Alaska Journal of Commerce: Tax overhaul, ANWR heads to Trump’s desk
When President Donald Trump signs the federal tax overhaul into law the coastal plain of the Arctic National Wildlife Refuge will be open to the oil industry.
Most Alaskans are happy about it, some aren’t. In the Lower 48 the public seems more split on the issue, if not slightly against it.
After 37 years of debate, what more is there to say?
The members of Alaska’s congressional delegation, who got the last words on ANWR in Congress when the tax bill passed, wanted to add a little more in a Wednesday morning press briefing with Alaska reporters.
“This is a pretty historic day,” Sen. Lisa Murkowski said, and in recognition of it being winter solstice, she added opening ANWR is an “opportunity for Alaskans that will bring many bright days for Alaska.”
Rep. Don Young, noting it’s the 14th time he’s shepherded ANWR legislation through the House, compared it to the day in 1973 when Vice President Spiro Agnew cast the tie-breaking vote in the split Senate to authorize construction of the Trans-Alaska Pipeline System. He also gushed about his colleagues in the delegation.
“The work these two senators put in is awesome,” Young said.
Sen. Dan Sullivan said the ANWR victory should provide a psychological boost to Alaskans struggling through a two-year recession.
In a broader sense, Sullivan also said the tax vote is proof that “elections have consequences,” as tax reform is something Republicans in Congress have been pushing for seemingly as long as the Alaska delegation has been stumping for ANWR.
Young said the delegation got commitments from House Speaker Paul Ryan and Senate Majority Leader Mitch McConnell early in the year that opening the coastal plain would be a priority in Congress.
Murkowski said technological advancements allowing more oil to be extracted via a smaller footprint and the industry’s diligent environmental practices on state lands on the North Slope helped overcome old arguments about how oil activity would damage the fragile Arctic ecosystem.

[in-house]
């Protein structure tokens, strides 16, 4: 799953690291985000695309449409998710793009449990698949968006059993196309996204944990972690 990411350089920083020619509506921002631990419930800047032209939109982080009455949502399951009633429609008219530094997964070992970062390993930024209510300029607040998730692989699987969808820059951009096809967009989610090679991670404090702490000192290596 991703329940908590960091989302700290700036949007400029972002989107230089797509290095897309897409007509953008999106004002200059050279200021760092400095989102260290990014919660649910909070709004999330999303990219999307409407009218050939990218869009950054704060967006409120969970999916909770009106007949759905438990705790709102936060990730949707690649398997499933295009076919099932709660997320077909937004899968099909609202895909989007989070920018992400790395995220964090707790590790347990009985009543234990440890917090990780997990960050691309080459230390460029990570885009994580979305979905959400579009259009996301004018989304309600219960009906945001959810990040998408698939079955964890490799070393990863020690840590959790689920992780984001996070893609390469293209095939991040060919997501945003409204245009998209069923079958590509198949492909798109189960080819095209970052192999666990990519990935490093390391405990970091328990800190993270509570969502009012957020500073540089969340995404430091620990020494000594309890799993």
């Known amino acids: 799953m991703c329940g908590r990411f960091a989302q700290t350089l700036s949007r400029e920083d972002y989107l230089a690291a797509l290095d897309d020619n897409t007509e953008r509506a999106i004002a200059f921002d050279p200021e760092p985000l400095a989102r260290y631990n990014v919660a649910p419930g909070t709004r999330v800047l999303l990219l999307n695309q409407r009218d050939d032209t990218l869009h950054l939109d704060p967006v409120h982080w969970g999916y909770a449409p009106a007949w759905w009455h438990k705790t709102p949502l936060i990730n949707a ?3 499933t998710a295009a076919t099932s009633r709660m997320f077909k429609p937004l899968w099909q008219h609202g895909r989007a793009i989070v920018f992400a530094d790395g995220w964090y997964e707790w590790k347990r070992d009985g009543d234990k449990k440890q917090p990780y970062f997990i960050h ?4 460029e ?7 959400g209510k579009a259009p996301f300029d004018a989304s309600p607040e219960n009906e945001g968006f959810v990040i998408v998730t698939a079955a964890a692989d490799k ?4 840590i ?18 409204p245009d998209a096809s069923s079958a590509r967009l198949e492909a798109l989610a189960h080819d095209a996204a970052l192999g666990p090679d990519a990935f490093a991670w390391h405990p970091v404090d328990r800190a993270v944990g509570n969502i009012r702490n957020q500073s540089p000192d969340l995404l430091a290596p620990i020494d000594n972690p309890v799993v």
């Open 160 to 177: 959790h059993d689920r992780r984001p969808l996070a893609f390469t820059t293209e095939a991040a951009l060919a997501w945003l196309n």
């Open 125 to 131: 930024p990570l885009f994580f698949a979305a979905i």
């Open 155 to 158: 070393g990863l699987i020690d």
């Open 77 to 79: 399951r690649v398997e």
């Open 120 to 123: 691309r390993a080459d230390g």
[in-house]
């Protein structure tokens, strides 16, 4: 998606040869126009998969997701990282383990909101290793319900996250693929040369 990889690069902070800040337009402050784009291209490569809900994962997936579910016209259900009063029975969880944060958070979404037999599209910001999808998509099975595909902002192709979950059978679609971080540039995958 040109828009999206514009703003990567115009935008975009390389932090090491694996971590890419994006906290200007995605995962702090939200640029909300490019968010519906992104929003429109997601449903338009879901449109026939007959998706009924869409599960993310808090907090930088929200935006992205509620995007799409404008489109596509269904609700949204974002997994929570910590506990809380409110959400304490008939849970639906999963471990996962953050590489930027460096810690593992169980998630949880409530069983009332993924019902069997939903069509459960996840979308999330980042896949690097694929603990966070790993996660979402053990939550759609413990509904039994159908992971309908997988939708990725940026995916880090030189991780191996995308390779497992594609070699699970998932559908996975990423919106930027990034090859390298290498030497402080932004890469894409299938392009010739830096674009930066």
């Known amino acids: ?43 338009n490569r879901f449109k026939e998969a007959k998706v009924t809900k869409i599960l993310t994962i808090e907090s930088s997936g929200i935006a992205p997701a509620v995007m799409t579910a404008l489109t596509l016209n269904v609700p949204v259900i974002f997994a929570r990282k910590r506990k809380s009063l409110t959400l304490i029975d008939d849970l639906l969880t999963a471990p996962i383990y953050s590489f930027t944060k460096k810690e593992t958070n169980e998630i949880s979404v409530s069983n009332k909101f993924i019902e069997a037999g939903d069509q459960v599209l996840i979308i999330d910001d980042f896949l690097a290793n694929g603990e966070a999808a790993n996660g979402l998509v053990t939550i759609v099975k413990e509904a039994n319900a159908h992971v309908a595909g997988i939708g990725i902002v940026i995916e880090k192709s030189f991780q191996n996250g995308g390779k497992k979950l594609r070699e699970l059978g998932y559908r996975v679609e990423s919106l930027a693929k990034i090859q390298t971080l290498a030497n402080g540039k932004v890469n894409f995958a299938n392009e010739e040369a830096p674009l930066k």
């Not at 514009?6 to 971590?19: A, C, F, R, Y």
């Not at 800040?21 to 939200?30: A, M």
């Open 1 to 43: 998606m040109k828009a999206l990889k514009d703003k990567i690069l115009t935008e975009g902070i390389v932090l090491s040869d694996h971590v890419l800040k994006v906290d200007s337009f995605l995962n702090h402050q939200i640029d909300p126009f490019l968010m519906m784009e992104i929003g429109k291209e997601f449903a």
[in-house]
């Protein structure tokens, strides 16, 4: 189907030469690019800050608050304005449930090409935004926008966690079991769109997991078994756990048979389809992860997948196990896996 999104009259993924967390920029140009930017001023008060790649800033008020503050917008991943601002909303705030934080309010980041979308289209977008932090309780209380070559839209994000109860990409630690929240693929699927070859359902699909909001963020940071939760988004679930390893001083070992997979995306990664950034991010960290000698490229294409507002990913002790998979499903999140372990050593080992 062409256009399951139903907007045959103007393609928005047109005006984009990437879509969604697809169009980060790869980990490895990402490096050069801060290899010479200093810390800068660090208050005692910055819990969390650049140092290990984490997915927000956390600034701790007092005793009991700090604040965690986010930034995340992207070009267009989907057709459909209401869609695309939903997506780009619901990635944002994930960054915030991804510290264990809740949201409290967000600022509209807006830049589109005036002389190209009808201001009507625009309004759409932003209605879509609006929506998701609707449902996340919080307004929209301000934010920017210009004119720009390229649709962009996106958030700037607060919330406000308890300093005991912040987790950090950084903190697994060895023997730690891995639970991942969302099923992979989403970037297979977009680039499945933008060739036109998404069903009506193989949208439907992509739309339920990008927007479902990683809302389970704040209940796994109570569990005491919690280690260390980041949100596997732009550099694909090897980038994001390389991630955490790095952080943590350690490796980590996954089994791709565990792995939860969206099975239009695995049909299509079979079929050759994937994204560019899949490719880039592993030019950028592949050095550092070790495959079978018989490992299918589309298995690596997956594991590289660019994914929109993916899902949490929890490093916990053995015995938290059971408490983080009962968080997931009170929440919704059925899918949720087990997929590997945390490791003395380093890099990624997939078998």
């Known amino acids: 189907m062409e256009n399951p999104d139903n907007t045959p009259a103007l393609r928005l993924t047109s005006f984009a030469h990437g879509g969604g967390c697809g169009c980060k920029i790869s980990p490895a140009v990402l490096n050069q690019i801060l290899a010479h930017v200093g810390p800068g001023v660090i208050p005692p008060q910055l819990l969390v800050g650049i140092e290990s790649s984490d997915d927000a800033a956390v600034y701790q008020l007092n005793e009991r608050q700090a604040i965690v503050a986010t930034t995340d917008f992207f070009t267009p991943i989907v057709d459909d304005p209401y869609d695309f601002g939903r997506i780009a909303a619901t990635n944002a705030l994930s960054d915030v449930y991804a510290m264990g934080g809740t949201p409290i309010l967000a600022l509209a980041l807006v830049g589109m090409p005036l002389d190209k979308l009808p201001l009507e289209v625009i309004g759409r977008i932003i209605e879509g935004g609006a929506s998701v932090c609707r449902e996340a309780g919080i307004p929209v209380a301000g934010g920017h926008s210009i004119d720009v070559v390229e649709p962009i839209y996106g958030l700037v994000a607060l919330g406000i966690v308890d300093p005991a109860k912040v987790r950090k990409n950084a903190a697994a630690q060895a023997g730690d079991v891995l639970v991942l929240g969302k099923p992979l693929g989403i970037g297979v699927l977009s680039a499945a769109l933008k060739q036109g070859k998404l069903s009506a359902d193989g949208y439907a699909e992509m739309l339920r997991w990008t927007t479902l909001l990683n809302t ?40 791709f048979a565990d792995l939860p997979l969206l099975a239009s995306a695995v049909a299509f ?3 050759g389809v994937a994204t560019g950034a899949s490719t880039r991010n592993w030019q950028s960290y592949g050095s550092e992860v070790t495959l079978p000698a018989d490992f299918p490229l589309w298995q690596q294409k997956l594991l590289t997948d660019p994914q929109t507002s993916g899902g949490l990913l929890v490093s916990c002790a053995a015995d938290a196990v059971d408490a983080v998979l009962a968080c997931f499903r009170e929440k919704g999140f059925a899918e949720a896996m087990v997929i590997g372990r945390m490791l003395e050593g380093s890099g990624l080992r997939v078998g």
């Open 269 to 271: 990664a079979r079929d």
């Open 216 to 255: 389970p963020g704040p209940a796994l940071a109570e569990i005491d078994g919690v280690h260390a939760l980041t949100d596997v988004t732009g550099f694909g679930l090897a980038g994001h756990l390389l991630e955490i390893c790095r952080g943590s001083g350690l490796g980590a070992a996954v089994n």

“We heard the same tired rhetoric that we’re going to turn this into an industrial wasteland,” she said. “The way that we operate up there is second to none.”
The ANWR rider directs the Interior Department to hold two oil and gas lease sales of at least 400,000 acres each in the coastal plain within the next 10 years, but it authorizes total development of just 2,000 acres in the 1.5 million acre area, the delegation again stressed.
Sullivan went a step further, calling opposition arguments “dishonest” and saying, despite claims the oil industry spent millions of dollars supporting the effort, it was actually Outside environmental groups that spent money on the debate.
“This was a grassroots effort; it was the three of us and Alaskans that came to testify, that was it,” Sullivan said. “People were tired of the stale talking points by (Washington Democrat Senator) Maria Cantwell and others.”
Young went all the way, calling anyone who criticized the plan to drill for oil in the wildlife refuge “very stupid.”
Young has also said recently that current oil estimates in the refuge are probably close to 20 billion barrels of available oil. The most recent U.S. Geological Survey assessment of the oil and gas underneath the coastal plain, done in 1998, put the mean oil estimate at 7.6 billion barrels for the coastal plain-1002 area. The USGS additionally estimated there is a 5 percent probability the area holds nearly 12 billion barrels of technically recoverable oil, which says noting of the economics of extracting it.
With the political battle for ANWR all but over — at least until Democrats eventually regain control in Washington — now comes the legal fight.
Environmental groups will assuredly sue Interior at every turn to at least delay the lease sales.
The law mandates Interior hold the lease sales after going through a lengthy National Environmental Policy Act review. It’s unclear what happens if the conclusions of the environmental study don’t support development.
What appetite the industry will have for exploring in ANWR given the strong emotions it evokes from much of the public is also unknown.
That leads to questions about whether the 800,000-plus acres to be offered in lease sales can generate the $1 billion in federal revenue that’s expected — which is actually $2 billion because the State of Alaska gets half of all revenue from ANWR, per the legislation.
Murkowski acknowledged “it will likely be a decade-plus” before ANWR oil production starts, but said the state has waited 37 years and can wait a little longer.
“Now we at least have the opportunity we haven’t had,” she said.
By: Elwood Brehmer
Source: Alaska Journal of Commerce